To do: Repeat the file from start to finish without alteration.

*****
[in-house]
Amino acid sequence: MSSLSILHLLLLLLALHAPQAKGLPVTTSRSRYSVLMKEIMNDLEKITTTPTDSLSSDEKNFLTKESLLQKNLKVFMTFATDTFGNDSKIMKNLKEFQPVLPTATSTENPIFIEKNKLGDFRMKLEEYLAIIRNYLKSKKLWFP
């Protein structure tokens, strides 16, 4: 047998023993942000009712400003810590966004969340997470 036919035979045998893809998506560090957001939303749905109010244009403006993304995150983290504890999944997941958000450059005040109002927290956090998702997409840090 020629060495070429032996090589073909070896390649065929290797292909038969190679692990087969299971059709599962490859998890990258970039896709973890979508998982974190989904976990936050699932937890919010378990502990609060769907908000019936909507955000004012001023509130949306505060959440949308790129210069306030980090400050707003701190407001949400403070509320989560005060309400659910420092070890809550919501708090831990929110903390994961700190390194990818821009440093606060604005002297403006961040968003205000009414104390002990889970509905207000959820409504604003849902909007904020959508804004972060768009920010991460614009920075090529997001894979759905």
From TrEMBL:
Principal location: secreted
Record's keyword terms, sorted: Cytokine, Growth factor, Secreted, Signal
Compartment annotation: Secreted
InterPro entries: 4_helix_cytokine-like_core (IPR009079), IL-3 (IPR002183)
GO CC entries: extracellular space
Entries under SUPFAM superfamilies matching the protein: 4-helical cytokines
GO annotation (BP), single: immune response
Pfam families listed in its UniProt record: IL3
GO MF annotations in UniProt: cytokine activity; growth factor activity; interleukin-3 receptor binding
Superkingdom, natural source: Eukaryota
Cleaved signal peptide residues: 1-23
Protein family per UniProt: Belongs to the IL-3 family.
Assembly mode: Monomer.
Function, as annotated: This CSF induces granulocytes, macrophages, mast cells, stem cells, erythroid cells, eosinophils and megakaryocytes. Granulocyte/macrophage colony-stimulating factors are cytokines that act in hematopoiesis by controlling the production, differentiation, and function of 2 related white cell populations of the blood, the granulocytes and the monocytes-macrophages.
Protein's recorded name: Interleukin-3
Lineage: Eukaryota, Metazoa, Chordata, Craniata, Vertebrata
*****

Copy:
[in-house]
Amino acid sequence: MSSLSILHLLLLLLALHAPQAKGLPVTTSRSRYSVLMKEIMNDLEKITTTPTDSLSSDEKNFLTKESLLQKNLKVFMTFATDTFGNDSKIMKNLKEFQPVLPTATSTENPIFIEKNKLGDFRMKLEEYLAIIRNYLKSKKLWFP
């Protein structure tokens, strides 16, 4: 047998023993942000009712400003810590966004969340997470 036919035979045998893809998506560090957001939303749905109010244009403006993304995150983290504890999944997941958000450059005040109002927290956090998702997409840090 020629060495070429032996090589073909070896390649065929290797292909038969190679692990087969299971059709599962490859998890990258970039896709973890979508998982974190989904976990936050699932937890919010378990502990609060769907908000019936909507955000004012001023509130949306505060959440949308790129210069306030980090400050707003701190407001949400403070509320989560005060309400659910420092070890809550919501708090831990929110903390994961700190390194990818821009440093606060604005002297403006961040968003205000009414104390002990889970509905207000959820409504604003849902909007904020959508804004972060768009920010991460614009920075090529997001894979759905």
From TrEMBL:
Principal location: secreted
Record's keyword terms, sorted: Cytokine, Growth factor, Secreted, Signal
Compartment annotation: Secreted
InterPro entries: 4_helix_cytokine-like_core (IPR009079), IL-3 (IPR002183)
GO CC entries: extracellular space
Entries under SUPFAM superfamilies matching the protein: 4-helical cytokines
GO annotation (BP), single: immune response
Pfam families listed in its UniProt record: IL3
GO MF annotations in UniProt: cytokine activity; growth factor activity; interleukin-3 receptor binding
Superkingdom, natural source: Eukaryota
Cleaved signal peptide residues: 1-23
Protein family per UniProt: Belongs to the IL-3 family.
Assembly mode: Monomer.
Function, as annotated: This CSF induces granulocytes, macrophages, mast cells, stem cells, erythroid cells, eosinophils and megakaryocytes. Granulocyte/macrophage colony-stimulating factors are cytokines that act in hematopoiesis by controlling the production, differentiation, and function of 2 related white cell populations of the blood, the granulocytes and the monocytes-macrophages.
Protein's recorded name: Interleukin-3
Lineage: Eukaryota, Metazoa, Chordata, Craniata, Vertebrata